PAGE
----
Male breast cancer: traditionally under-diagnosed and under-researched, but hopefully that’s changing
For several reasons, including potential social stigma and a significantly smaller number of patients, male breast cancer has never had anywhere close to the awareness and research commitment that’s seen for women affected by breast cancer. An article in the New York Times in September 2019 highlighted these disparities in research and clinical studies, reporting on recent FDA guidelines encouraging increased participation by men in breast cancer trials. However, with the announcement in October 2019 that Mathew Knowles, Beyonce’s father, was being treated for breast cancer, there has been an increased focus in the media on male breast cancer. With this increased awareness will hopefully come many of the benefits seen with awareness around breast cancer in women, including men with breast masses seeking more timely medical attention and more research support for male breast cancer.
Among the many misconceptions around breast cancer in men is that presentation and treatment are the same as for women. While there are some similarities, there are many differences, primarily related to the fact that men do not receive screening mammograms and have an increased chance of having a genetic cause for their breast cancer. To address some of these issues, I was fortunate enough to sit down to discuss male breast cancer with Robert Warren, MD, MBA, and professor of medicine and co-director of the Betty Lou Ourisman Breast Health Center at Georgetown (he also happens to be my dad!).
Here’s our interview on presentation and evaluation of breast cancer in men, treatment options, and the importance of genetic testing after diagnosis:
Dr. Anne Peled: What are some common presenting symptoms of male breast cancer?
Dr. Robert Warren: The most common symptom is a mass in the breast, followed by breast pain. Men may also notice changes in their skin or nipple appearance.
AP: What should men do if they feel a mass in one of their breasts?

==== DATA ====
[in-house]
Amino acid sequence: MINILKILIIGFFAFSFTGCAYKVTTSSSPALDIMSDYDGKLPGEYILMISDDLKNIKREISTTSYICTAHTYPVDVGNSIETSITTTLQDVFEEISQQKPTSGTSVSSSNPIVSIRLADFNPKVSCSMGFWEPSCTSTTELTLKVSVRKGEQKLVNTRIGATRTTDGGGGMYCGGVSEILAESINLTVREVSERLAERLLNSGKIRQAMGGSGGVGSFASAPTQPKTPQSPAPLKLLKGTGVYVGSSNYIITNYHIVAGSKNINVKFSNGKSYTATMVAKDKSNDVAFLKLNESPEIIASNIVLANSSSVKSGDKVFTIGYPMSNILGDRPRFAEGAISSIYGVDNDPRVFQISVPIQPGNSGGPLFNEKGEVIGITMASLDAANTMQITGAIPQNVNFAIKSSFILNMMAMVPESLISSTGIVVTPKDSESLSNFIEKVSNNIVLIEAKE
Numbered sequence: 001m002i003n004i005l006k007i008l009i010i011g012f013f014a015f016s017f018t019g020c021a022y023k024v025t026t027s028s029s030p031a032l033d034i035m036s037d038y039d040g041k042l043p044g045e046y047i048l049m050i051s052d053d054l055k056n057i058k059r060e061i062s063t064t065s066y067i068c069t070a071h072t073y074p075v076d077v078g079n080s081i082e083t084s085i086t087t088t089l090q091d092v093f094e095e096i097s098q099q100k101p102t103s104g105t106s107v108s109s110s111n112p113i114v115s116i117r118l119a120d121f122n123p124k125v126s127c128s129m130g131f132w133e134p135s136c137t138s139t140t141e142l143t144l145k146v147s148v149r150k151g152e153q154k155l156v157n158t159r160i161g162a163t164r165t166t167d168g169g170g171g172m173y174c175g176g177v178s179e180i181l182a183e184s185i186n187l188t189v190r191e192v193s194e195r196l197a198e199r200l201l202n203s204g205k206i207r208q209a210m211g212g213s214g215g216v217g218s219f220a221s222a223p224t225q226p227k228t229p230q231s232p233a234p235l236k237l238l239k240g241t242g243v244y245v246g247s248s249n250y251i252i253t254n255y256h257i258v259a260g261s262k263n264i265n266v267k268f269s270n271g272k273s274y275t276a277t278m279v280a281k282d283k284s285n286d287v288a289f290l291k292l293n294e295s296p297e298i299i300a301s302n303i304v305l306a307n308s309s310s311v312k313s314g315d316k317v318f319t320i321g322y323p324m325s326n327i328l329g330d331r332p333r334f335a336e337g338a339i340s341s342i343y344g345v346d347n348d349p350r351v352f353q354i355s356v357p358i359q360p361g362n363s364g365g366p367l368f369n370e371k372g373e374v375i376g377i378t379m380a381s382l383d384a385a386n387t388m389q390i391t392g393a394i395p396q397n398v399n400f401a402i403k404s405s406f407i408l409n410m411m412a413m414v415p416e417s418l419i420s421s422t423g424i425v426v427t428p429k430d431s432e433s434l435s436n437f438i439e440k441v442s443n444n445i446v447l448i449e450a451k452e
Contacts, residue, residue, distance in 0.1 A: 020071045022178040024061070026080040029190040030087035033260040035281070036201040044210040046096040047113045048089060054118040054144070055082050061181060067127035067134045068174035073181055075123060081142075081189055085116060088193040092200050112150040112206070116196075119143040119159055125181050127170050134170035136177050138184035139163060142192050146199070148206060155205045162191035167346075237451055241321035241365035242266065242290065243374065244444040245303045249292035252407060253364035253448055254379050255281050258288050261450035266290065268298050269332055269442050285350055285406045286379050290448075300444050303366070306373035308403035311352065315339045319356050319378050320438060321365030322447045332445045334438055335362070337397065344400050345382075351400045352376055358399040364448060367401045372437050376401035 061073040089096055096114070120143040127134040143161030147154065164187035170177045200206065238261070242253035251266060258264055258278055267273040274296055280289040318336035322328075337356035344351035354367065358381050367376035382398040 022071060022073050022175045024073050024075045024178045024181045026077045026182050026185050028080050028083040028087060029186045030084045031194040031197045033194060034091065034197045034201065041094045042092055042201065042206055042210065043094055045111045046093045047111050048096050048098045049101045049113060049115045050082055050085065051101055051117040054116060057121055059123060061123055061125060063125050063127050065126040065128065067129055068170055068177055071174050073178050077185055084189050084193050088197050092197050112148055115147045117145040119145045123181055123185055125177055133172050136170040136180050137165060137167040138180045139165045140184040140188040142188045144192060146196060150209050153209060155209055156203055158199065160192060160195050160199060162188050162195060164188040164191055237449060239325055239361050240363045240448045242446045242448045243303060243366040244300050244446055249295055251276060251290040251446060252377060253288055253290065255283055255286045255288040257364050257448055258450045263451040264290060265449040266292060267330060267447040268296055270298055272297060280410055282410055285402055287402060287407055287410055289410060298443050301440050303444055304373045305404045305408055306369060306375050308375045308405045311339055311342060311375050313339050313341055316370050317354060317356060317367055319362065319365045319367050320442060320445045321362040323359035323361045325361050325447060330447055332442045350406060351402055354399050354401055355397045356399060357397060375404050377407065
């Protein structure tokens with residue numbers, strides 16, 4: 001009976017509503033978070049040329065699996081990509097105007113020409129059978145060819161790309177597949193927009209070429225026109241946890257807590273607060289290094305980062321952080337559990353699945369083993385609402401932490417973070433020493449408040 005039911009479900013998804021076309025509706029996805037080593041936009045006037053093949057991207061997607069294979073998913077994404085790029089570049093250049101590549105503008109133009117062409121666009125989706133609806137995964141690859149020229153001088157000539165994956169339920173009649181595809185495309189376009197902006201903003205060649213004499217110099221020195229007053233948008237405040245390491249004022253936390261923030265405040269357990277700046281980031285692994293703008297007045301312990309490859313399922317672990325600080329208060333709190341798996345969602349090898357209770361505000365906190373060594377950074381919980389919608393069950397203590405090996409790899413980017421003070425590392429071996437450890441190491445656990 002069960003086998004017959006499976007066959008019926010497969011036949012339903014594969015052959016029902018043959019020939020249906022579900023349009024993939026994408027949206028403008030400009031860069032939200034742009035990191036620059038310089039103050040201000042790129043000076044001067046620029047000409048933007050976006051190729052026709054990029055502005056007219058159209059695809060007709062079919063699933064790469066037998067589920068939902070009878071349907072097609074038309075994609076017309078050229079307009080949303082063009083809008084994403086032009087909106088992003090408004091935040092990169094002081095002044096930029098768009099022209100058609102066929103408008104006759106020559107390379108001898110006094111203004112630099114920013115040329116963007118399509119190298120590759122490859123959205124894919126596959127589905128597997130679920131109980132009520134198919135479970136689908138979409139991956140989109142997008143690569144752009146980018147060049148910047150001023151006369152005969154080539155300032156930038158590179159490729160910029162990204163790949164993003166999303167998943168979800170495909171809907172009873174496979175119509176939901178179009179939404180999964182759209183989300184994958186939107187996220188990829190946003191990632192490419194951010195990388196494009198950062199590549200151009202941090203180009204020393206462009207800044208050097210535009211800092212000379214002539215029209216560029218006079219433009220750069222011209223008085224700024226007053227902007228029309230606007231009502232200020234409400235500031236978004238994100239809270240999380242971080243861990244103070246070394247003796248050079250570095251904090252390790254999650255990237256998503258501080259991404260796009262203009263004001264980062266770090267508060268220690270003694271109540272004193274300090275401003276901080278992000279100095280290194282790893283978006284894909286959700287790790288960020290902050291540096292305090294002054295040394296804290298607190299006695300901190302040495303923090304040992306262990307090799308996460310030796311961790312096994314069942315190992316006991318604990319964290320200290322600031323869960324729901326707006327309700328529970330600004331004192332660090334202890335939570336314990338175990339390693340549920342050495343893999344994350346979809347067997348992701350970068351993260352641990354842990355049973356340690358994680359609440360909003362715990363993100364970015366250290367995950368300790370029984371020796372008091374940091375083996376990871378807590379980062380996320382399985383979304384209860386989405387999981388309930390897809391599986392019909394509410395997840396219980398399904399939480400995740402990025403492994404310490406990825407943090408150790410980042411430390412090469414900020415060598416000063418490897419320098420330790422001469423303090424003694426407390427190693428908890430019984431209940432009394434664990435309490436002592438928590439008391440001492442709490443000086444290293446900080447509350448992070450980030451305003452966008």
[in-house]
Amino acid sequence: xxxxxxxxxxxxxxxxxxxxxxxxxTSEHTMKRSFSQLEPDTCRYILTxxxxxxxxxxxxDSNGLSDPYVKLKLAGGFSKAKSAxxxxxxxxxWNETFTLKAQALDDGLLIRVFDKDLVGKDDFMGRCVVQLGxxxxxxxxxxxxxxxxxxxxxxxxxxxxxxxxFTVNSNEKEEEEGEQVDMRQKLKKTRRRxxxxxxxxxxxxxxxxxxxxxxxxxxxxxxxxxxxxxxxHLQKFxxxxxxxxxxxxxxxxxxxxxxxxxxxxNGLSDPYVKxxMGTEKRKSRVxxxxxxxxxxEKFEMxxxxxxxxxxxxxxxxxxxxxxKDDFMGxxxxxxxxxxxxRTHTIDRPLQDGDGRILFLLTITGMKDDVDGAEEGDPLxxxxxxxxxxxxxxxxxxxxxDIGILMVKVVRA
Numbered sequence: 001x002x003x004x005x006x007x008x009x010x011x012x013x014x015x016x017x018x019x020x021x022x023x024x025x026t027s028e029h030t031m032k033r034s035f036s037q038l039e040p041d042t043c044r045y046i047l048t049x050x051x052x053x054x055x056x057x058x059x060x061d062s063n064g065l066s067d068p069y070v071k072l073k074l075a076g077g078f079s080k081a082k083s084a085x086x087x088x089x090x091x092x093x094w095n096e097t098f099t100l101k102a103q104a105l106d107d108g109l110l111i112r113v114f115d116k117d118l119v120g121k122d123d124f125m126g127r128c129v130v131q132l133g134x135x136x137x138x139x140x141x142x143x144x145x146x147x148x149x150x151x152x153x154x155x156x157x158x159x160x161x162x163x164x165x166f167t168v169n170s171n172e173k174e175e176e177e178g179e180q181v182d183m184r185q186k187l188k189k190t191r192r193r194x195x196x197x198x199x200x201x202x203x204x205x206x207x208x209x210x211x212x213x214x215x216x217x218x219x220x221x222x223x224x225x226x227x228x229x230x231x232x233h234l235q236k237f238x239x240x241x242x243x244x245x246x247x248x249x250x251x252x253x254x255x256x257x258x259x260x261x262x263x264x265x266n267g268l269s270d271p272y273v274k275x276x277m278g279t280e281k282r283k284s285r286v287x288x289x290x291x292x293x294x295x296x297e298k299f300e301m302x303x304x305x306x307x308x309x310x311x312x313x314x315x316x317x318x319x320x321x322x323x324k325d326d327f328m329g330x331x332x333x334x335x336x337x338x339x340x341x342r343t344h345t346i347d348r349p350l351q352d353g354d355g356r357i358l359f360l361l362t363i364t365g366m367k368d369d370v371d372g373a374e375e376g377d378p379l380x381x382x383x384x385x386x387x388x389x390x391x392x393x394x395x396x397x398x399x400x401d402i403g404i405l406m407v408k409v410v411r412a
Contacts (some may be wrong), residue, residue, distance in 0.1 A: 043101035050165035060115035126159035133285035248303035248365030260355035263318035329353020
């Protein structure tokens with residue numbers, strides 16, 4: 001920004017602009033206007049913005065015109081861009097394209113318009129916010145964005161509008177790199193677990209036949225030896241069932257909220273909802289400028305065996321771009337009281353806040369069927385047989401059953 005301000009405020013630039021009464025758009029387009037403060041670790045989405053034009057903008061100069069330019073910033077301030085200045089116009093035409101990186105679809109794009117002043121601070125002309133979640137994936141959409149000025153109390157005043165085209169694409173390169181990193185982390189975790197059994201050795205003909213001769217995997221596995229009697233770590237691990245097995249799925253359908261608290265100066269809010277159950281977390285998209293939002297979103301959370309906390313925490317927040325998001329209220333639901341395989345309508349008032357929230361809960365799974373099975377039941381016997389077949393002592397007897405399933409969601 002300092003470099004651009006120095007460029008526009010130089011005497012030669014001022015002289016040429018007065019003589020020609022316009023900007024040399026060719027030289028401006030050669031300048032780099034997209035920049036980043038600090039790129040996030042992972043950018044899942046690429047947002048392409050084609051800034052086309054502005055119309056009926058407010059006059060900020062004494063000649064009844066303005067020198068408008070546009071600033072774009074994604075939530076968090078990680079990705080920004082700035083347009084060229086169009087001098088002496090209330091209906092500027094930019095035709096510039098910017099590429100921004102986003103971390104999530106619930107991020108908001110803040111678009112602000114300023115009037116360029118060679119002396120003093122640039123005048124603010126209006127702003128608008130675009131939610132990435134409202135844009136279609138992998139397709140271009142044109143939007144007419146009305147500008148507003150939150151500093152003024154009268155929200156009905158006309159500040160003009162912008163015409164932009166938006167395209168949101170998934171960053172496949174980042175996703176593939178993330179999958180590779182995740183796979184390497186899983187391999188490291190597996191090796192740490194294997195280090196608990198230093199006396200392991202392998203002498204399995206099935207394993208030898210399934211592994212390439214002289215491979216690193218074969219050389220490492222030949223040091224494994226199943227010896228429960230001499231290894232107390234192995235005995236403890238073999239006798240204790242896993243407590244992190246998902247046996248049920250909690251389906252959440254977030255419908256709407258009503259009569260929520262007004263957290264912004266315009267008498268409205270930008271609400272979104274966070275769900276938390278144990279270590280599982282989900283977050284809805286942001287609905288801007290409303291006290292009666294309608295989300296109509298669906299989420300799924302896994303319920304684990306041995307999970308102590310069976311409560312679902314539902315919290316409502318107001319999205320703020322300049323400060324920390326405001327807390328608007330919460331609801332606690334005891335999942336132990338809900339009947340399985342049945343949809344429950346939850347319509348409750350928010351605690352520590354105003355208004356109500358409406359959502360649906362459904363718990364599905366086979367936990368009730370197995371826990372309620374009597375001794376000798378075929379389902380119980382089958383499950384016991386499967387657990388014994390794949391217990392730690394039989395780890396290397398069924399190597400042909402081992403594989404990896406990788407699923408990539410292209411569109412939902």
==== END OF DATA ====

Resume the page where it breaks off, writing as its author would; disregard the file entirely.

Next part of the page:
RW: They should first see their primary care provider for a clinical exam. Based on findings, their providers may recommend breast imaging and/or referral to a breast surgeon.
AP: Is breast imaging for men who have a breast mass the same as for women?
RW: Similar to women, men with a breast mass are typically recommended to have both a mammogram and an ultrasound. Solid breast masses in men have a characteristic appearance on both imaging studies, which would prompt a biopsy if the masses looked at all suspicious.
AP: When men get breast cancer, do they do as well as women if appropriately treated?
RW: In the past, it was thought outcomes after male breast cancers were the same. However, more recent studies have shown that outcomes may be worse in men than women, which is likely related to the fact that men are often diagnosed at later stages because they are not getting regular screening like women. Men with breast masses may not get them evaluated as quickly, which can lead to late diagnoses and potentially larger masses and lymph node involvement. Still, in general, when caught early, men diagnosed with breast cancer have overall very good outcomes.
AP: What is the usual treatment for breast cancer in men?
RW: Breast cancer surgery for men usually involves mastectomy and lymph node biopsy. Some men may be candidates for skin-sparing or nipple-sparing mastectomy. Radiation may be recommended after mastectomy but is not typically needed. Male breast cancer is even more likely than breast cancer in women to be hormone receptor-positive, so nearly all men receive a hormone-blocking medication called tamoxifen after surgery. Some men may be recommended to have chemotherapy, which is decided based on tumor factors and genomic testing results similar to how it is determined in women.
AP: If men are diagnosed with breast cancer, should they and other family members undergo genetic testing?
RW: Yes, all men diagnosed with breast cancer should have a genetic evaluation, as men with breast cancer have an increased chance of gene mutations such as BRCA2 mutations. Depending on testing results, other family members may be recommended to have testing as well.